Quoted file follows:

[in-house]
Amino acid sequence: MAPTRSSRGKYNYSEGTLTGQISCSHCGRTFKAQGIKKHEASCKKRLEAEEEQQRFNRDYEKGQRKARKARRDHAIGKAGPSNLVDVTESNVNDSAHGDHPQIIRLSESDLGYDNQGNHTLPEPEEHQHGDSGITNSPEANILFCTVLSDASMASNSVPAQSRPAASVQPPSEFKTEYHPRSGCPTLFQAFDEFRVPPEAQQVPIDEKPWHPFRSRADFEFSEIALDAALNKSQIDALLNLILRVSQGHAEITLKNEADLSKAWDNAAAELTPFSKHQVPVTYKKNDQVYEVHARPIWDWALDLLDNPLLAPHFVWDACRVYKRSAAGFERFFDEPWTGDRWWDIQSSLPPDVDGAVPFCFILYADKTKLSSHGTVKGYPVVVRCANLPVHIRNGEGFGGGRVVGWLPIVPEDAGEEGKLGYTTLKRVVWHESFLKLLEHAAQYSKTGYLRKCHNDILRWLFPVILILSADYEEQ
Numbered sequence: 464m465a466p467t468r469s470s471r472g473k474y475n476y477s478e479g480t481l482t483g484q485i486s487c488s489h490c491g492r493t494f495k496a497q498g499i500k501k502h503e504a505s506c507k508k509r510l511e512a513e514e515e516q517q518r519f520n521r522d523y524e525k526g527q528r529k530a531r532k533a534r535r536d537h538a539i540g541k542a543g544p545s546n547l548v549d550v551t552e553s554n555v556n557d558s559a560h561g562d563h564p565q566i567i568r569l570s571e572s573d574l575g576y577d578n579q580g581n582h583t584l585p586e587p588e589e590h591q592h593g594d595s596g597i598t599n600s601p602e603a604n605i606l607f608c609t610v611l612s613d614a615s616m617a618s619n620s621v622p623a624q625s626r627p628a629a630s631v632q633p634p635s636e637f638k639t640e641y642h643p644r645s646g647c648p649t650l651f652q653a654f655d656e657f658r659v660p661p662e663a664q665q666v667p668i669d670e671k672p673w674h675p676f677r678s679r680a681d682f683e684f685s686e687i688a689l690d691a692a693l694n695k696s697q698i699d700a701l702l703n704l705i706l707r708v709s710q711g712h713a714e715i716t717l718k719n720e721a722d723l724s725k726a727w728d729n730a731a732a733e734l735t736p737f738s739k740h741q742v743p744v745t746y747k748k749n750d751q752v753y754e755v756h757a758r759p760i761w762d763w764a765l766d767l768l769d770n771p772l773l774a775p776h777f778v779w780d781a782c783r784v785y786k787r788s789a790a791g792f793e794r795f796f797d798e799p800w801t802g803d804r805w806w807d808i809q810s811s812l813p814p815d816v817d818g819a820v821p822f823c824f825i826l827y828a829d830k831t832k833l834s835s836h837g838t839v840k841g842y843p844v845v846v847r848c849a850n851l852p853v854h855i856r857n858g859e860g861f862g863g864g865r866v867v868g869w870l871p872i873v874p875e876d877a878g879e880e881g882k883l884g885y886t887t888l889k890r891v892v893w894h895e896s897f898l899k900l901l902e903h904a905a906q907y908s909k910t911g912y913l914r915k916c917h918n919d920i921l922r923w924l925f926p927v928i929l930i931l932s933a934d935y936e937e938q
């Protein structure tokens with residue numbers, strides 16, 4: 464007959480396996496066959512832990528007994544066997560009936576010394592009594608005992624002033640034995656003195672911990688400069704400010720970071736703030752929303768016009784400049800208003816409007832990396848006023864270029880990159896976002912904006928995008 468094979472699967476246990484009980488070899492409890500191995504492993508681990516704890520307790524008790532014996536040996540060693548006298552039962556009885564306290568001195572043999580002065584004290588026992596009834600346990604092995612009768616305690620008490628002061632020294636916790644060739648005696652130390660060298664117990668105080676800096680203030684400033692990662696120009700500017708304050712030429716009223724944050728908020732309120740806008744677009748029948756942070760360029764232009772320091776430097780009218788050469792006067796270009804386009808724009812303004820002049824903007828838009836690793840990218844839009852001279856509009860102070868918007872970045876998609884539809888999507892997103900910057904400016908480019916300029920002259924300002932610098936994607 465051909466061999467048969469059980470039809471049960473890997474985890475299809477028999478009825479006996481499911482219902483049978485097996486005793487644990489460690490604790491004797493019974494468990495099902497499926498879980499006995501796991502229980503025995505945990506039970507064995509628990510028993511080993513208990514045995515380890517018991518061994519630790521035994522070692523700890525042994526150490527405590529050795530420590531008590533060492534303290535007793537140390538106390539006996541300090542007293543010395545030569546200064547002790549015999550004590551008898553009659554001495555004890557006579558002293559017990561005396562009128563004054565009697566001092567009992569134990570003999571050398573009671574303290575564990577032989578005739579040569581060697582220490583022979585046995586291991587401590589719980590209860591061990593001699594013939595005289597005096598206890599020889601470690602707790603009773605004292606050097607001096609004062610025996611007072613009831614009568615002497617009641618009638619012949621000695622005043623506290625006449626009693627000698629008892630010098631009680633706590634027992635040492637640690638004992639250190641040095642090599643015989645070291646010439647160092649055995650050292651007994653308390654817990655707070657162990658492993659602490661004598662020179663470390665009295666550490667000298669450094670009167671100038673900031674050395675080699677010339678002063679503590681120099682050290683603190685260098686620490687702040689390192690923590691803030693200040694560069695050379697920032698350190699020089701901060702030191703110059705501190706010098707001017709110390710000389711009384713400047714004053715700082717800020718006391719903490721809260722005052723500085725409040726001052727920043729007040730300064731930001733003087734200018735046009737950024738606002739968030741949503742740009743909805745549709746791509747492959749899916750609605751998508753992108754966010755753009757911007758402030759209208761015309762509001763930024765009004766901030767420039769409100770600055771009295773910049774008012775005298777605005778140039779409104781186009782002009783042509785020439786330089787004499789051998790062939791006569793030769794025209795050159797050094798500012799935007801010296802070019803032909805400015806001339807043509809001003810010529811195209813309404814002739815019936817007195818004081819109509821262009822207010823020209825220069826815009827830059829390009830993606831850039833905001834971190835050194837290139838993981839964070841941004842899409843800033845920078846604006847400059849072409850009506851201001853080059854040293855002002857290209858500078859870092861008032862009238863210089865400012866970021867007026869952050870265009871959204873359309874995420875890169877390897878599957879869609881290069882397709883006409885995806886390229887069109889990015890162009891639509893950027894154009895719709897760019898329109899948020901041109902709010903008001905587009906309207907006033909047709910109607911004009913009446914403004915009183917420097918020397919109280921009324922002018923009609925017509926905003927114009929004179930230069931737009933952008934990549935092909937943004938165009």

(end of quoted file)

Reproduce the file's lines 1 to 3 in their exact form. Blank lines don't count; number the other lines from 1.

[in-house]
Amino acid sequence: MAPTRSSRGKYNYSEGTLTGQISCSHCGRTFKAQGIKKHEASCKKRLEAEEEQQRFNRDYEKGQRKARKARRDHAIGKAGPSNLVDVTESNVNDSAHGDHPQIIRLSESDLGYDNQGNHTLPEPEEHQHGDSGITNSPEANILFCTVLSDASMASNSVPAQSRPAASVQPPSEFKTEYHPRSGCPTLFQAFDEFRVPPEAQQVPIDEKPWHPFRSRADFEFSEIALDAALNKSQIDALLNLILRVSQGHAEITLKNEADLSKAWDNAAAELTPFSKHQVPVTYKKNDQVYEVHARPIWDWALDLLDNPLLAPHFVWDACRVYKRSAAGFERFFDEPWTGDRWWDIQSSLPPDVDGAVPFCFILYADKTKLSSHGTVKGYPVVVRCANLPVHIRNGEGFGGGRVVGWLPIVPEDAGEEGKLGYTTLKRVVWHESFLKLLEHAAQYSKTGYLRKCHNDILRWLFPVILILSADYEEQ
Numbered sequence: 464m465a466p467t468r469s470s471r472g473k474y475n476y477s478e479g480t481l482t483g484q485i486s487c488s489h490c491g492r493t494f495k496a497q498g499i500k501k502h503e504a505s506c507k508k509r510l511e512a513e514e515e516q517q518r519f520n521r522d523y524e525k526g527q528r529k530a531r532k533a534r535r536d537h538a539i540g541k542a543g544p545s546n547l548v549d550v551t552e553s554n555v556n557d558s559a560h561g562d563h564p565q566i567i568r569l570s571e572s573d574l575g576y577d578n579q580g581n582h583t584l585p586e587p588e589e590h591q592h593g594d595s596g597i598t599n600s601p602e603a604n605i606l607f608c609t610v611l612s613d614a615s616m617a618s619n620s621v622p623a624q625s626r627p628a629a630s631v632q633p634p635s636e637f638k639t640e641y642h643p644r645s646g647c648p649t650l651f652q653a654f655d656e657f658r659v660p661p662e663a664q665q666v667p668i669d670e671k672p673w674h675p676f677r678s679r680a681d682f683e684f685s686e687i688a689l690d691a692a693l694n695k696s697q698i699d700a701l702l703n704l705i706l707r708v709s710q711g712h713a714e715i716t717l718k719n720e721a722d723l724s725k726a727w728d729n730a731a732a733e734l735t736p737f738s739k740h741q742v743p744v745t746y747k748k749n750d751q752v753y754e755v756h757a758r759p760i761w762d763w764a765l766d767l768l769d770n771p772l773l774a775p776h777f778v779w780d781a782c783r784v785y786k787r788s789a790a791g792f793e794r795f796f797d798e799p800w801t802g803d804r805w806w807d808i809q810s811s812l813p814p815d816v817d818g819a820v821p822f823c824f825i826l827y828a829d830k831t832k833l834s835s836h837g838t839v840k841g842y843p844v845v846v847r848c849a850n851l852p853v854h855i856r857n858g859e860g861f862g863g864g865r866v867v868g869w870l871p872i873v874p875e876d877a878g879e880e881g882k883l884g885y886t887t888l889k890r891v892v893w894h895e896s897f898l899k900l901l902e903h904a905a906q907y908s909k910t911g912y913l914r915k916c917h918n919d920i921l922r923w924l925f926p927v928i929l930i931l932s933a934d935y936e937e938q